In January, approximately 137,000 new files representing over 35,500 items were accessioned into the Stanford Digital Repository (SDR). These materials include -- but are not limited to -- items from the Jarnydce Collection, TRAIL Maps Project, and the Revs Digital Library.
by Stu Snydman & Gary Geisler
The Stanford University Libraries (SUL) have a rich and diverse collection of digital content. Users can discover collections and content from the Stanford Digital Repository through the library website, library catalog (SearchWorks), and persistent citation (PURL) pages. SUL also develops robust, custom-built websites for selected collections (see Parker on the Web and the French Revolution Digital Archive) that provide a rich discovery environment and a range of features that enable users to more effectively work with the collection items. But these sites require significant investment in time and development resources to produce and maintain, limiting the number and variety SUL can support.
We're excited to announce Stanford University Libraries' release of the French Revolution Digital Archive web site (FRDA): frda.stanford.edu.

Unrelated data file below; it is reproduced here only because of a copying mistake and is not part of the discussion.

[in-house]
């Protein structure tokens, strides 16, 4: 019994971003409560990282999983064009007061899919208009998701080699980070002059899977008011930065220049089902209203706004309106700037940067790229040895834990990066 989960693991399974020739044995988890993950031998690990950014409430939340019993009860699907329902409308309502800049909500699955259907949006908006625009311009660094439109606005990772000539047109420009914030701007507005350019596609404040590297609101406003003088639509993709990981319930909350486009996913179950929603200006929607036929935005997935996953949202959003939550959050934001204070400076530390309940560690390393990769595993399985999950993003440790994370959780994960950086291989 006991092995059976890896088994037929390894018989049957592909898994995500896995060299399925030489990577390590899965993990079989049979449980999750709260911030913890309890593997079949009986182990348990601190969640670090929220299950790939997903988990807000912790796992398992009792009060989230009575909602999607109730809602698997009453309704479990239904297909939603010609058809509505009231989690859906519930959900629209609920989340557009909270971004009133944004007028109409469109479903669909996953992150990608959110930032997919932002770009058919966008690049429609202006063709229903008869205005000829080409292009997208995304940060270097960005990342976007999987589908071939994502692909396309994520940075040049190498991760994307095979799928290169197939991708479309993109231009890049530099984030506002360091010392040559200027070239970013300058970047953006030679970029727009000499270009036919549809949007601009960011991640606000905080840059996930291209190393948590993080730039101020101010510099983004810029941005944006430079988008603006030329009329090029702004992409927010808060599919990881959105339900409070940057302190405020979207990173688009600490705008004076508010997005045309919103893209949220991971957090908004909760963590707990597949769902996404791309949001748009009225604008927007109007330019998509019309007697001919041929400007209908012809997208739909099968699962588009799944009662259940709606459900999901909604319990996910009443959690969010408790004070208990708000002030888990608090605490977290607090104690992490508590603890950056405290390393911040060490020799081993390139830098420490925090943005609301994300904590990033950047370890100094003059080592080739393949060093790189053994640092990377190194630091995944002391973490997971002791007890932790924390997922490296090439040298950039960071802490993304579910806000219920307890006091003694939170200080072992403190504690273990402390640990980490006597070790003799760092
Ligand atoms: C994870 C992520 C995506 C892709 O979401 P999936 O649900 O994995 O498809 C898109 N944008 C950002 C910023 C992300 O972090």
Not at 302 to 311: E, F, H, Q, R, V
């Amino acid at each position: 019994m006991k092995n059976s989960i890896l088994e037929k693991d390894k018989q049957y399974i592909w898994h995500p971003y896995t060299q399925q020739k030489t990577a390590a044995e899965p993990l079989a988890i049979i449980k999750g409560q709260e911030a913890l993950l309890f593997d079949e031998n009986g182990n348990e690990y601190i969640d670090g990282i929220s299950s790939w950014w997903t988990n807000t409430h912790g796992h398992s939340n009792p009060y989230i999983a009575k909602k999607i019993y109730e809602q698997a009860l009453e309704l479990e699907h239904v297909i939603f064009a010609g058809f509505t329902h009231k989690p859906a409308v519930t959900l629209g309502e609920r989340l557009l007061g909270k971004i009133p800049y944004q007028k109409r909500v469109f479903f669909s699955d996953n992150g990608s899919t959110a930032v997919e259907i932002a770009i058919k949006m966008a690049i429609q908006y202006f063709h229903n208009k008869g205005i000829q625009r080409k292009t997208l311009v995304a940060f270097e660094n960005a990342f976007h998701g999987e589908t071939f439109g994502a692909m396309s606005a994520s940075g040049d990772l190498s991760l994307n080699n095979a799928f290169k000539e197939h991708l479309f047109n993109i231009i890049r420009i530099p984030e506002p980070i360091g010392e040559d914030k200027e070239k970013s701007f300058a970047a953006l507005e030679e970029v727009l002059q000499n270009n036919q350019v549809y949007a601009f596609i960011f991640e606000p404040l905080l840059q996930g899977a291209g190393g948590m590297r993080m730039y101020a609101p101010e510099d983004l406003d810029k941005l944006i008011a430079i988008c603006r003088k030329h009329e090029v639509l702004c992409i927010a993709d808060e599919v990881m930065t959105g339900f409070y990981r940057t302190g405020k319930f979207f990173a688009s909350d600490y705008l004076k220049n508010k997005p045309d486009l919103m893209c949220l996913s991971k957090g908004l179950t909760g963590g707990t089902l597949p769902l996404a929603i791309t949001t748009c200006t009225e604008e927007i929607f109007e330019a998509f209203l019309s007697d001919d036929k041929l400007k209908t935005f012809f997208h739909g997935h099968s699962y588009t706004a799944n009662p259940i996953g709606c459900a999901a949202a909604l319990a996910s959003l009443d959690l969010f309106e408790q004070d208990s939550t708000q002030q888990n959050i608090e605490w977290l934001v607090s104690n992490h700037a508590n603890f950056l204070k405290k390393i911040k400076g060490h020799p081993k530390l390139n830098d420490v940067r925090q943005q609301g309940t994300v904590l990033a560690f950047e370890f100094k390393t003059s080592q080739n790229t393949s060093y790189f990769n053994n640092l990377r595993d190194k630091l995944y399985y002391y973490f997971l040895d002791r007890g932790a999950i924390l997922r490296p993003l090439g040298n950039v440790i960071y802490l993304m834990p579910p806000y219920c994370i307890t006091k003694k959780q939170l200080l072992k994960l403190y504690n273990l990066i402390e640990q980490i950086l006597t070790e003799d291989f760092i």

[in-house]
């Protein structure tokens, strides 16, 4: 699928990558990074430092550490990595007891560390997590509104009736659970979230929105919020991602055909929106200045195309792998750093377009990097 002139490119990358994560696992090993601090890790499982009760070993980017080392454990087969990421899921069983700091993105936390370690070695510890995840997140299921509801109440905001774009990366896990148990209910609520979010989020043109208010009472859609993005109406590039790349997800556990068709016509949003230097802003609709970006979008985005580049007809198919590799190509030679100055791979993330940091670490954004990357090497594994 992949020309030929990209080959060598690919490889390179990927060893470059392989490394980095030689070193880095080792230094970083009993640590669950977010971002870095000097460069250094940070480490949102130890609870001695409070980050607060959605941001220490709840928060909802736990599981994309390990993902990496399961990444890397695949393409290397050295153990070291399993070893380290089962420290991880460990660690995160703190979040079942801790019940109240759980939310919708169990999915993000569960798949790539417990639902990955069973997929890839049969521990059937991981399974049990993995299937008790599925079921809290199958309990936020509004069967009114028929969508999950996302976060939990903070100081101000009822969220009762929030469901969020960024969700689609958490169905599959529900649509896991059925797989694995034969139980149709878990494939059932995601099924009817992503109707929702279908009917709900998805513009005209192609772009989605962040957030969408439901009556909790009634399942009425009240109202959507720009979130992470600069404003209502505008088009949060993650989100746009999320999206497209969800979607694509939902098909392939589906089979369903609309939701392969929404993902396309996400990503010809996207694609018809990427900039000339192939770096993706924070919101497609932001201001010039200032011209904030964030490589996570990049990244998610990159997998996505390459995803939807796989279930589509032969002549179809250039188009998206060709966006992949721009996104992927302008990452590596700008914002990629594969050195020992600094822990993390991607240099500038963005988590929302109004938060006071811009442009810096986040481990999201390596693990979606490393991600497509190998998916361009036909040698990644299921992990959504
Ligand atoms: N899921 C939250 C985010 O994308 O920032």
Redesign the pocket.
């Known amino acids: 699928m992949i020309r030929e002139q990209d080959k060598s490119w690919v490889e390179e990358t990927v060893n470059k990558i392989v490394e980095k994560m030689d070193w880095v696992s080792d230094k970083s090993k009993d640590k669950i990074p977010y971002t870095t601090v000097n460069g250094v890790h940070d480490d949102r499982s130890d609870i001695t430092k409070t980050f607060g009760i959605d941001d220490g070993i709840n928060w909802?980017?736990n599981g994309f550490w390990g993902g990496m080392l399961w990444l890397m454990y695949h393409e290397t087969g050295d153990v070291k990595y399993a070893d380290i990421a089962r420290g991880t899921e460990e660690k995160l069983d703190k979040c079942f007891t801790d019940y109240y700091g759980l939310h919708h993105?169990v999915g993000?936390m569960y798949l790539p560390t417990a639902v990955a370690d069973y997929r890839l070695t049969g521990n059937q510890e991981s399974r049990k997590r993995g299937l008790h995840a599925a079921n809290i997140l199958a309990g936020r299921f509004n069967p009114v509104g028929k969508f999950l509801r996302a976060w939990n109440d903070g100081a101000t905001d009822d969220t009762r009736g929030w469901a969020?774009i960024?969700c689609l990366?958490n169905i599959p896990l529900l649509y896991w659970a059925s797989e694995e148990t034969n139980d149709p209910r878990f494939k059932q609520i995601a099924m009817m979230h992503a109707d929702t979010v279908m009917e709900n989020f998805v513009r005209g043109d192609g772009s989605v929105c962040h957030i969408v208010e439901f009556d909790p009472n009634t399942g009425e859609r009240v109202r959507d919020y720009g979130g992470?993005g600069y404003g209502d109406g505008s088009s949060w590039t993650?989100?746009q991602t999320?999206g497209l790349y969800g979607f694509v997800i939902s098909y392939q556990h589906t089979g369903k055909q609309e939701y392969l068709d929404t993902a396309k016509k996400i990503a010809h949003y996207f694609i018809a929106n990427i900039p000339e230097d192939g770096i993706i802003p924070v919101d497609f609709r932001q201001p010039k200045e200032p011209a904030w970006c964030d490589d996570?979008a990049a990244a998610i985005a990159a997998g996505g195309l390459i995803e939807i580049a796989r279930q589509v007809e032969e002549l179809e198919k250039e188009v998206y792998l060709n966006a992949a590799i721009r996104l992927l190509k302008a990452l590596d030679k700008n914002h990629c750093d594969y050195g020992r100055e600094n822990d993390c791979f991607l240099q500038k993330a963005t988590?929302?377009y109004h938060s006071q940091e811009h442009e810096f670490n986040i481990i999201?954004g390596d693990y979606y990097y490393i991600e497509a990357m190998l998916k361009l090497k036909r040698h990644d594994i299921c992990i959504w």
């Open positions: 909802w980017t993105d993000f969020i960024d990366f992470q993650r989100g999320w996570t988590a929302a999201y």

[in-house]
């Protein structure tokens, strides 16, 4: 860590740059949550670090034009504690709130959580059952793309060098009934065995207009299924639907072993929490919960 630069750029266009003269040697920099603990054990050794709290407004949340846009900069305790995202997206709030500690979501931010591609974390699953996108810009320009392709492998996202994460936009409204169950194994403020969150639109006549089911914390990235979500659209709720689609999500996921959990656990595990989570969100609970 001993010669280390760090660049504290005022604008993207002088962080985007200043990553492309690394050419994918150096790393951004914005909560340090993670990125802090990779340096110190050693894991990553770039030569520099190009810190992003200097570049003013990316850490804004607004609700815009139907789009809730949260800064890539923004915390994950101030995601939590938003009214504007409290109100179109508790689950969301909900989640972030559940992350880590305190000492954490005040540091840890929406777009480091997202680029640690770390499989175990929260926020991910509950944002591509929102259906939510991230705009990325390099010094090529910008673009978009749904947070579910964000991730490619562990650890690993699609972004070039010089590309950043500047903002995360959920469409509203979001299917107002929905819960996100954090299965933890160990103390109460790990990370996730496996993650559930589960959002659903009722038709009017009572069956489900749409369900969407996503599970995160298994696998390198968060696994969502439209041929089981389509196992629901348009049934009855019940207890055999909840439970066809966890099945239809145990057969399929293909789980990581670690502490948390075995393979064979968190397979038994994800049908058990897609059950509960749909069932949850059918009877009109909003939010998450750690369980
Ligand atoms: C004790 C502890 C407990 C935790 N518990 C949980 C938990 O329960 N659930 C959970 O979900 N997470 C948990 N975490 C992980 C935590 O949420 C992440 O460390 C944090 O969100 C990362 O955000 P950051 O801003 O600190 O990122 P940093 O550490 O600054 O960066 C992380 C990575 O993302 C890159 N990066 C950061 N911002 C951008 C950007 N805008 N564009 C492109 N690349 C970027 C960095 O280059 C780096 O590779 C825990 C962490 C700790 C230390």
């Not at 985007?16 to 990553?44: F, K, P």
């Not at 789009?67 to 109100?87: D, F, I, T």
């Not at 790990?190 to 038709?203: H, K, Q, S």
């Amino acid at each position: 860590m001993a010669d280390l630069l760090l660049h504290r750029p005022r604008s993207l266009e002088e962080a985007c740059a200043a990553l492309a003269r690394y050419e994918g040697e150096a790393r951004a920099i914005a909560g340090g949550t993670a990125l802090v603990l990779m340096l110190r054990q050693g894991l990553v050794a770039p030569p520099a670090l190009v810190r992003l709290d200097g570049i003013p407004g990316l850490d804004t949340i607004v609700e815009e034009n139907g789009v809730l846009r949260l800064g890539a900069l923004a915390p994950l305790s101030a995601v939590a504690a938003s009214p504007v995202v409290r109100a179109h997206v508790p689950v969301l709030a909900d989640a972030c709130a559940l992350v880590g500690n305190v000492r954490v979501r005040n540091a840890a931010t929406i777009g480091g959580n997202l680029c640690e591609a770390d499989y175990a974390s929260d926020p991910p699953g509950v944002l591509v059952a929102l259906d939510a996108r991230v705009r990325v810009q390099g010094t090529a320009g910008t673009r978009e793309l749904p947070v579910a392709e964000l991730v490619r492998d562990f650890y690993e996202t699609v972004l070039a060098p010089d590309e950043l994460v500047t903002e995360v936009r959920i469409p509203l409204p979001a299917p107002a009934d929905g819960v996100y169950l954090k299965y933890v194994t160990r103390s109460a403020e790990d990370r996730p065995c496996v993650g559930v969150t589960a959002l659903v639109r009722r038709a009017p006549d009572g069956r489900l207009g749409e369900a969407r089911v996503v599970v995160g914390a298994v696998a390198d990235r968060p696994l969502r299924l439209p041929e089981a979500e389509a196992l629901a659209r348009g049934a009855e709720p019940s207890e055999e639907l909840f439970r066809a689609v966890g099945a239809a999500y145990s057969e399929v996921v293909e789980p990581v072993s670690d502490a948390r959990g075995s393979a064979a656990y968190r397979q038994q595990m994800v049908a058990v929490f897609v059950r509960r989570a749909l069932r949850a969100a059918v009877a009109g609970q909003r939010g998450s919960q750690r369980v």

FRDA is the result of a multi-year collaboration of the Stanford University Libraries and the Bibliothèque nationale de France (BnF) to produce a digital version of the key research sources of the French Revolution and make them available to the international scholarly community.
If you've ever been there, you know that Hopkins Marine Station (HMS) is a special place. But it's not just a special place for those of us who love the gorgeous views; it's a special place for scientists as well. Which is why it's such a treat that researchers at Hopkins Marine Station continue to make more of their historical research data available to others through the Stanford Digital Repository.
The recent digitization of cassettes from the Clayman Institute for Gender Research was a reminder of the wide range of collection sizes preserved by SMPL. This entry will give a brief description of why this collection is interesting and how it relates to the multiple workflows of the Stanford Media Preservation Lab.
Over on the Library of Congress Digitial Preservation blog, the Artifact Atlas, our crowdsourced effort to document audio-video related artifacts experienced during digitization, was given a flattering profile. In this interview with Hannah Frost, Digital Library Services Manager here at Stanford, and Jenny Brice, Preservation Coordinator at the Bay Area Video Coalition, we learn about the origin of the resource, its governance, its role in the Quality Control Tools for Video Preservation project, and new developments. Check it out!
Recently a film director from the BBC visited the Stanford Libraries while seeking content for a documentary related to the noted cetacean researcher and activist John C. Lilly (1915-2001).